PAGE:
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Stephen Collector
8-Dec-2014, 10:39
I've recently come into some T-Max 100 sheet film, and some T-Max RS Developer. What is the "normal" development time using tray development? I realize that Kodak rates the film at 100 ISO and suggests a time of 11 minutes at 68 degrees which is a very long time. I am assuming that 9 minutes with a rating of 64 might be more in the normal curve for a well exposed and properly developed negative? I could also develop at higher temperature to reduce development times......
Appreciate any feedback in this regard. I use a Pentax 1 degree spot meter to determine exposure and use the zone system.

Heroique
8-Dec-2014, 11:17
It's my favorite film + developer solution. ;^)

For sheets in trays, Kodak says use the following as a "starting point" (BTW, these times seem to differ from your information above):

7.25 min. @ 68 F.
6.25 min. @ 72 F.

The key assumption is that you're using what Kodak considers the 1:4 working solution,
which happens also to be Kodak's stock solution ratio. In other words, Kodak's working solution is the same as their stock solution, 1:4.

But if you wish, you can mix one part of this 1:4 solution, w/ one part water, to create a 1:9 solution – a favorite working solution for people around here.

Alternatively, you can go against Kodak’s warning, mix A+B alone, then add 1 part of this, to 9 parts water, and arrive at 1:9 just the same.

Development times will be longer, of course.

Hope this helps – Kodak's development instructions for this film/developer combo has always been a little vague. I think their publications editor nodded when they were writing them!

Stephen Collector
10-Dec-2014, 15:37
A friend gave ma a gallon of TMax Developer cat no. 159 9844. It says for foll films only? There are no part A and B, just this concentrate which when mixed one to four makes 5 gallons of working solution. I am assuming if I were to use say, 4 oz. of developer to 16 oz. of water for a total volume of 20 oz. in a tray I could then develop say 5 sheets of 4x5 film? or would it be better to use 6 oz. of stock solution to 24 oz. to make 30 oz. of working solution per tray? it's interesting to note that 1:9 is the formula I use for HC 110 developer, which I prefer with Tri X film.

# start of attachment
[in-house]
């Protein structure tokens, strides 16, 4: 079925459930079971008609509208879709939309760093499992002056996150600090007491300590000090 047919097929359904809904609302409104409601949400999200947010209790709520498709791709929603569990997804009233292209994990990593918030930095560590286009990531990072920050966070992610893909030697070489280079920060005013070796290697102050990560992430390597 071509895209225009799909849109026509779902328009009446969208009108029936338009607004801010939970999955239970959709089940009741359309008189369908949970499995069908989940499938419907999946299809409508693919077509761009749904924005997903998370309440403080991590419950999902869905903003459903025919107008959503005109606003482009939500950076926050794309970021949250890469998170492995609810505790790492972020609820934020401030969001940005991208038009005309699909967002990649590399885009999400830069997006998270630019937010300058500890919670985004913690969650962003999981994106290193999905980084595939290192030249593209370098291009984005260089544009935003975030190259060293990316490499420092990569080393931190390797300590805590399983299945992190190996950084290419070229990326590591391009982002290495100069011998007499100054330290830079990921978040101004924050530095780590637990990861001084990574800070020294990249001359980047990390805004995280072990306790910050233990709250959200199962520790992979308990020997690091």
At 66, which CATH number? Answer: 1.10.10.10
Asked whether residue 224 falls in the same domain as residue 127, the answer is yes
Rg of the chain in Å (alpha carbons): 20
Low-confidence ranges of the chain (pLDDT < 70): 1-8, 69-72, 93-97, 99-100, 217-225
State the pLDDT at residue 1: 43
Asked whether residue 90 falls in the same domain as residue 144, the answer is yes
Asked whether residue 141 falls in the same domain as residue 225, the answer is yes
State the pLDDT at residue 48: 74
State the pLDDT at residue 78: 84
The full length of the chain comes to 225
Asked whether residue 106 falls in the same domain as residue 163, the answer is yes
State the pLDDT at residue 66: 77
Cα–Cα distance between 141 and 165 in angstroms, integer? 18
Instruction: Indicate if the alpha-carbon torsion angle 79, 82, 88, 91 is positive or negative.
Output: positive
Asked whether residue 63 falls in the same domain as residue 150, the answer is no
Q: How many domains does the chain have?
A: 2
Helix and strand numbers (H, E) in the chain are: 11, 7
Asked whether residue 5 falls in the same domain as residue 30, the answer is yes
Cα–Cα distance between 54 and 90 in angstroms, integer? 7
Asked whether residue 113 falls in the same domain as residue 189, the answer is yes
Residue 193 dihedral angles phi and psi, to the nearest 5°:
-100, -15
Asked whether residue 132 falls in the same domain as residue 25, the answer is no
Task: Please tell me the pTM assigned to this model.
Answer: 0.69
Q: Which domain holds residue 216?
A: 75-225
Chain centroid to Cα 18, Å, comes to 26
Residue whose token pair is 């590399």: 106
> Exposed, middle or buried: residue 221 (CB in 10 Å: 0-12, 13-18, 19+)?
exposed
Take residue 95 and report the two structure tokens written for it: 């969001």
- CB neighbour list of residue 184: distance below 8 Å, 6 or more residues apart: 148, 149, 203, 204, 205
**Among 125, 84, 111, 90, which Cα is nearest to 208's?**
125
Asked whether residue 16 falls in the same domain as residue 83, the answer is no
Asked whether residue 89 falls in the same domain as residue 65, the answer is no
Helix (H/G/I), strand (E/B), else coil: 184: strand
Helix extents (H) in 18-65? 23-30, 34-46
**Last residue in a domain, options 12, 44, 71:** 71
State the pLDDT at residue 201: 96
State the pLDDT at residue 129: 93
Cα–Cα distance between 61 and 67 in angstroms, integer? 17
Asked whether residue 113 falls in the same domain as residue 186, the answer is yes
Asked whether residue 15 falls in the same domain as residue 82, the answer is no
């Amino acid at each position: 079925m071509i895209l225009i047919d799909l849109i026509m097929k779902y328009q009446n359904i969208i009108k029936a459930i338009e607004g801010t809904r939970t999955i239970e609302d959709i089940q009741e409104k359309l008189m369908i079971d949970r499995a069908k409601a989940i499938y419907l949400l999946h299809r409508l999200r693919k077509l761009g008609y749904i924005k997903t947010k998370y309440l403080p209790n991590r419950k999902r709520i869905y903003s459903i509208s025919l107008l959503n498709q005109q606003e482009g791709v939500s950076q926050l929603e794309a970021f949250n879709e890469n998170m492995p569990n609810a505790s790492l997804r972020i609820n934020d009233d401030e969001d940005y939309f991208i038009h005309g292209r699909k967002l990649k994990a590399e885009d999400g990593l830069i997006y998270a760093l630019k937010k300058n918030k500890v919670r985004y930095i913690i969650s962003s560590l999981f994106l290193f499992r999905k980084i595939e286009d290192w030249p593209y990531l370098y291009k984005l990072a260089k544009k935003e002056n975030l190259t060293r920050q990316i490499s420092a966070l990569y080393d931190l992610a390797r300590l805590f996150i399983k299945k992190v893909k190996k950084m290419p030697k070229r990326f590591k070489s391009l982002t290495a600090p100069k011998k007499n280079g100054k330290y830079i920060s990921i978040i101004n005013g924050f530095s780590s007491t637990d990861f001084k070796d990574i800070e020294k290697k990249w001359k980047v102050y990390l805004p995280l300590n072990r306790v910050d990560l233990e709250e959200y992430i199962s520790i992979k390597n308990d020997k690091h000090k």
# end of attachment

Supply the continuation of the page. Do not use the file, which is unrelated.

THANKS!

Heroique
10-Dec-2014, 17:32
"Warning, warning, Will Robinson!" :cool:

Just a note, Kodak says don't use T-Max (non-rs) developer to process sheet films.

Kodak doesn't say why, but I've heard of people doing it & reporting satisfactory results...

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http://www.kodak.com/global/en/professional/support/techPubs/f4016/f4016.pdf

ic-racer
10-Dec-2014, 21:19

Drew Wiley
11-Dec-2014, 11:56
TMRS is capable of a rather straight line with TMX compared to other developers, esp with "plus" expansion, so full film speed (100) would actually be preferable,
because the greater risk with TMX in contrasty situations is blowing out the highlights. Unfortunately, I don't have my own dev times here with me at the office.

Willie
12-Dec-2014, 10:37
Aren't you going to shoot a few sheets of a subject with good light, bright subjects with good shadows and do some short tests?

Develop one and check it to see if you need more or less development. Then you can do the others to fine tune and shoot for real.

Jim S.
14-Dec-2014, 19:03
I just bought some T-max 100 in 4by5, and also wonder which developer to use. When it first came out, I had heard a lot of complaints about the T-max developers introduced with it, poor highlight control if I recall correctly. John Sexton's 1987 article says he likes T-max RS developer-replenisher, and also D-76, but not HC-110. I use HC-110 for my Tri-X and like it a lot. I greatly prefer liquid concentrates, as I shoot only sporatically, so I'd be throwing out a lot of leftover D-76. What do others use for T-max 100? Rodinal, Neofin Blue, perhaps????

Corran
14-Dec-2014, 19:21
Rodinal works nicely with T-Max 100.

A starting point - EI 80, 1:50, 13 minutes, 68F
See here: